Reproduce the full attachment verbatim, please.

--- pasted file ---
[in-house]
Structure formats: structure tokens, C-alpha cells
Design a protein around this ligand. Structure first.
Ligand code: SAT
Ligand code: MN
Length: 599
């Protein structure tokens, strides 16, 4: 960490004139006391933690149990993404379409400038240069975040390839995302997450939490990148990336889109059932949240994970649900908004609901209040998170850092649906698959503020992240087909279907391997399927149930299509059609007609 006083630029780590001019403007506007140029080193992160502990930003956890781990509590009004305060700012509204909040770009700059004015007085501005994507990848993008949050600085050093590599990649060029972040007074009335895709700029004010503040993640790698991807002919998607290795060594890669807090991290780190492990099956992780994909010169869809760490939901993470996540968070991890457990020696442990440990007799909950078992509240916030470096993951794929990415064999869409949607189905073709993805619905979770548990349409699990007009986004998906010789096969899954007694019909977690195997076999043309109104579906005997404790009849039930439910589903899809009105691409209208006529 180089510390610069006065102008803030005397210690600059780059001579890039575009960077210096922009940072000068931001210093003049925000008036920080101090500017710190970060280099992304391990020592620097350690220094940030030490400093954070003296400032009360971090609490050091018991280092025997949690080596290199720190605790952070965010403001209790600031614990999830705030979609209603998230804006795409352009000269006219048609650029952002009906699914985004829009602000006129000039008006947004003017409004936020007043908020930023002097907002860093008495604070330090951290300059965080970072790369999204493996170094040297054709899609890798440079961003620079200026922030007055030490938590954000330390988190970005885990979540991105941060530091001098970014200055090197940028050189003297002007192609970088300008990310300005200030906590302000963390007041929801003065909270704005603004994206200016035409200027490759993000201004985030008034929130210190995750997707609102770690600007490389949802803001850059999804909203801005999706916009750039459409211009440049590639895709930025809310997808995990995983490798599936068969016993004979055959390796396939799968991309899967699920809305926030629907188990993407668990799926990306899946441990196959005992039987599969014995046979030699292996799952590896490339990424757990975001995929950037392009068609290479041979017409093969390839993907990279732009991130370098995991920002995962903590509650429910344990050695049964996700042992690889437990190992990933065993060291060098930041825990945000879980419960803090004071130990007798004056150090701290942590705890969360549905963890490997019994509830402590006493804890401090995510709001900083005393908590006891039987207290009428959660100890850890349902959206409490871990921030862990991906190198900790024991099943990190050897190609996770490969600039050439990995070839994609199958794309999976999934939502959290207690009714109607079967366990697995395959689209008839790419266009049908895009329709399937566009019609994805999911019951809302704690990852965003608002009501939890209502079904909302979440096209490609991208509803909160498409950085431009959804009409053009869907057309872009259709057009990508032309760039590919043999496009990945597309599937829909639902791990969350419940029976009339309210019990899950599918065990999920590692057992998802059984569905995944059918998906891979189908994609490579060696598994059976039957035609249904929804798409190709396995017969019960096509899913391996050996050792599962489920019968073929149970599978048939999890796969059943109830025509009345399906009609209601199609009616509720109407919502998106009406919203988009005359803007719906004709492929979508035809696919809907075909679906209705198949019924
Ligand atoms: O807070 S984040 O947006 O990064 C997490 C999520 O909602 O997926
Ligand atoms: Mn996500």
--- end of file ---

[in-house]
Structure formats: structure tokens, C-alpha cells
Design a protein around this ligand. Structure first.
Ligand code: SAT
Ligand code: MN
Length: 599
């Protein structure tokens, strides 16, 4: 960490004139006391933690149990993404379409400038240069975040390839995302997450939490990148990336889109059932949240994970649900908004609901209040998170850092649906698959503020992240087909279907391997399927149930299509059609007609 006083630029780590001019403007506007140029080193992160502990930003956890781990509590009004305060700012509204909040770009700059004015007085501005994507990848993008949050600085050093590599990649060029972040007074009335895709700029004010503040993640790698991807002919998607290795060594890669807090991290780190492990099956992780994909010169869809760490939901993470996540968070991890457990020696442990440990007799909950078992509240916030470096993951794929990415064999869409949607189905073709993805619905979770548990349409699990007009986004998906010789096969899954007694019909977690195997076999043309109104579906005997404790009849039930439910589903899809009105691409209208006529 180089510390610069006065102008803030005397210690600059780059001579890039575009960077210096922009940072000068931001210093003049925000008036920080101090500017710190970060280099992304391990020592620097350690220094940030030490400093954070003296400032009360971090609490050091018991280092025997949690080596290199720190605790952070965010403001209790600031614990999830705030979609209603998230804006795409352009000269006219048609650029952002009906699914985004829009602000006129000039008006947004003017409004936020007043908020930023002097907002860093008495604070330090951290300059965080970072790369999204493996170094040297054709899609890798440079961003620079200026922030007055030490938590954000330390988190970005885990979540991105941060530091001098970014200055090197940028050189003297002007192609970088300008990310300005200030906590302000963390007041929801003065909270704005603004994206200016035409200027490759993000201004985030008034929130210190995750997707609102770690600007490389949802803001850059999804909203801005999706916009750039459409211009440049590639895709930025809310997808995990995983490798599936068969016993004979055959390796396939799968991309899967699920809305926030629907188990993407668990799926990306899946441990196959005992039987599969014995046979030699292996799952590896490339990424757990975001995929950037392009068609290479041979017409093969390839993907990279732009991130370098995991920002995962903590509650429910344990050695049964996700042992690889437990190992990933065993060291060098930041825990945000879980419960803090004071130990007798004056150090701290942590705890969360549905963890490997019994509830402590006493804890401090995510709001900083005393908590006891039987207290009428959660100890850890349902959206409490871990921030862990991906190198900790024991099943990190050897190609996770490969600039050439990995070839994609199958794309999976999934939502959290207690009714109607079967366990697995395959689209008839790419266009049908895009329709399937566009019609994805999911019951809302704690990852965003608002009501939890209502079904909302979440096209490609991208509803909160498409950085431009959804009409053009869907057309872009259709057009990508032309760039590919043999496009990945597309599937829909639902791990969350419940029976009339309210019990899950599918065990999920590692057992998802059984569905995944059918998906891979189908994609490579060696598994059976039957035609249904929804798409190709396995017969019960096509899913391996050996050792599962489920019968073929149970599978048939999890796969059943109830025509009345399906009609209601199609009616509720109407919502998106009406919203988009005359803007719906004709492929979508035809696919809907075909679906209705198949019924
Ligand atoms: O807070 S984040 O947006 O990064 C997490 C999520 O909602 O997926
Ligand atoms: Mn996500």